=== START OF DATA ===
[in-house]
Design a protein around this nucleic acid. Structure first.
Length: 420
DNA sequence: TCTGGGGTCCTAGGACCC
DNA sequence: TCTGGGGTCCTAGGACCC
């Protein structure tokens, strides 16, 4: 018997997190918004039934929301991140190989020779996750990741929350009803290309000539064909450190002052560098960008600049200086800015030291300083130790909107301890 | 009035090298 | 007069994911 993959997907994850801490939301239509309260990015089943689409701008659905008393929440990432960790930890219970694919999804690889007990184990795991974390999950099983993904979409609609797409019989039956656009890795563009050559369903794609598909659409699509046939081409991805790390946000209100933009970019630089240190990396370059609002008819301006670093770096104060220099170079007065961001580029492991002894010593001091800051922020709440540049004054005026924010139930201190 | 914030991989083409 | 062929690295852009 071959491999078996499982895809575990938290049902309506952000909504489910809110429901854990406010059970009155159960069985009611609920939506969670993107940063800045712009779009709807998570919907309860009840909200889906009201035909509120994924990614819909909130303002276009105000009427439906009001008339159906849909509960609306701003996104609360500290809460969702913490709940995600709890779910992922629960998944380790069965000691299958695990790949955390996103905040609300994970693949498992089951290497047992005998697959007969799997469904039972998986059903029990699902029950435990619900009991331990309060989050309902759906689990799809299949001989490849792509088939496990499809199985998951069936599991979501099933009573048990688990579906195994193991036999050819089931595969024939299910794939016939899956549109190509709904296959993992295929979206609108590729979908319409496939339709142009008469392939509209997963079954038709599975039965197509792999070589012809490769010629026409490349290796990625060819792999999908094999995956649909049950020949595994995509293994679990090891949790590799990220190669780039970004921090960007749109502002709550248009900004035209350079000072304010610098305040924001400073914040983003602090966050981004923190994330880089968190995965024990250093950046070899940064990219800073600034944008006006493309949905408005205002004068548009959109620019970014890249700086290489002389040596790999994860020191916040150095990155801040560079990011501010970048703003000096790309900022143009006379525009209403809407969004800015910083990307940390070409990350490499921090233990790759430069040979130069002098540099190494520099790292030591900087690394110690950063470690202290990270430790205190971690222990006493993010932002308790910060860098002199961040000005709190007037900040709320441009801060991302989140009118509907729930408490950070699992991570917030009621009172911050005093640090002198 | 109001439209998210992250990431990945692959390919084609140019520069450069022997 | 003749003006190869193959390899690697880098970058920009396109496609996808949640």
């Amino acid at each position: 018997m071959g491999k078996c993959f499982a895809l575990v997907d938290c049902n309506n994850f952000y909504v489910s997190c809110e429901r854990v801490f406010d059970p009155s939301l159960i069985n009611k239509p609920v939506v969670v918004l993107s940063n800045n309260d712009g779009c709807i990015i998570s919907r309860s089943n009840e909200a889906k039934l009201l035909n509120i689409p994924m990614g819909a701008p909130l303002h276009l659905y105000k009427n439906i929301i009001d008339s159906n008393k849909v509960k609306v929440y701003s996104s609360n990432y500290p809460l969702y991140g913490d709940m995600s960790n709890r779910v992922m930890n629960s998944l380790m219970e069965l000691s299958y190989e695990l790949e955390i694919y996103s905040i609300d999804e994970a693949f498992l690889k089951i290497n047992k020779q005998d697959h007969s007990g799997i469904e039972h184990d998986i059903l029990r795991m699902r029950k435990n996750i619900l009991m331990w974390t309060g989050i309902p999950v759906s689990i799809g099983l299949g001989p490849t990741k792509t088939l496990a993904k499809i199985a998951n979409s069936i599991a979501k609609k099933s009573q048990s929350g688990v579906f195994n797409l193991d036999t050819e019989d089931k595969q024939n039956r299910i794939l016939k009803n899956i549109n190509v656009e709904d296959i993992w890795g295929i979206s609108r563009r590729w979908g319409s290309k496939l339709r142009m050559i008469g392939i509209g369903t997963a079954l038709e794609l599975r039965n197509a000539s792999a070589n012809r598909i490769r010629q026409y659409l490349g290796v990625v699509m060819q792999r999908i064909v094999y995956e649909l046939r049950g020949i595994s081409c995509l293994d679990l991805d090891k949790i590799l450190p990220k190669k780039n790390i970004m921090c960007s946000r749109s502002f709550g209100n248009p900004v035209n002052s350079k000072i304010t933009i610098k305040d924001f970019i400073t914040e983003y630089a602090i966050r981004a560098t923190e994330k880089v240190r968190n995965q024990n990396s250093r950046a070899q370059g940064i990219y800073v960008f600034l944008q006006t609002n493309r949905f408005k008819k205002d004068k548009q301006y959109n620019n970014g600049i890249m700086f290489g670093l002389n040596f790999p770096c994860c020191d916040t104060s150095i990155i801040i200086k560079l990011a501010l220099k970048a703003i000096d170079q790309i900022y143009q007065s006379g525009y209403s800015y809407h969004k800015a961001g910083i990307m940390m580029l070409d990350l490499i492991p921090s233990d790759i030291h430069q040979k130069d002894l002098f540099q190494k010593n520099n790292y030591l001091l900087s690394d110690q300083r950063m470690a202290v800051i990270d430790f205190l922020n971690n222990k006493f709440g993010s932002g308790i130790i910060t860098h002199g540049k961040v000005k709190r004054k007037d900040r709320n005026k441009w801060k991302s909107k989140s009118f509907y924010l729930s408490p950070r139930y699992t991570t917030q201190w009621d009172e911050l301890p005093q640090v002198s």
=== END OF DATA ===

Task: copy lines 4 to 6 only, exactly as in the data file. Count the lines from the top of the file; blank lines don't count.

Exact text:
DNA sequence: TCTGGGGTCCTAGGACCC
DNA sequence: TCTGGGGTCCTAGGACCC
């Protein structure tokens, strides 16, 4: 018997997190918004039934929301991140190989020779996750990741929350009803290309000539064909450190002052560098960008600049200086800015030291300083130790909107301890 | 009035090298 | 007069994911 993959997907994850801490939301239509309260990015089943689409701008659905008393929440990432960790930890219970694919999804690889007990184990795991974390999950099983993904979409609609797409019989039956656009890795563009050559369903794609598909659409699509046939081409991805790390946000209100933009970019630089240190990396370059609002008819301006670093770096104060220099170079007065961001580029492991002894010593001091800051922020709440540049004054005026924010139930201190 | 914030991989083409 | 062929690295852009 071959491999078996499982895809575990938290049902309506952000909504489910809110429901854990406010059970009155159960069985009611609920939506969670993107940063800045712009779009709807998570919907309860009840909200889906009201035909509120994924990614819909909130303002276009105000009427439906009001008339159906849909509960609306701003996104609360500290809460969702913490709940995600709890779910992922629960998944380790069965000691299958695990790949955390996103905040609300994970693949498992089951290497047992005998697959007969799997469904039972998986059903029990699902029950435990619900009991331990309060989050309902759906689990799809299949001989490849792509088939496990499809199985998951069936599991979501099933009573048990688990579906195994193991036999050819089931595969024939299910794939016939899956549109190509709904296959993992295929979206609108590729979908319409496939339709142009008469392939509209997963079954038709599975039965197509792999070589012809490769010629026409490349290796990625060819792999999908094999995956649909049950020949595994995509293994679990090891949790590799990220190669780039970004921090960007749109502002709550248009900004035209350079000072304010610098305040924001400073914040983003602090966050981004923190994330880089968190995965024990250093950046070899940064990219800073600034944008006006493309949905408005205002004068548009959109620019970014890249700086290489002389040596790999994860020191916040150095990155801040560079990011501010970048703003000096790309900022143009006379525009209403809407969004800015910083990307940390070409990350490499921090233990790759430069040979130069002098540099190494520099790292030591900087690394110690950063470690202290990270430790205190971690222990006493993010932002308790910060860098002199961040000005709190007037900040709320441009801060991302989140009118509907729930408490950070699992991570917030009621009172911050005093640090002198 | 109001439209998210992250990431990945692959390919084609140019520069450069022997 | 003749003006190869193959390899690697880098970058920009396109496609996808949640």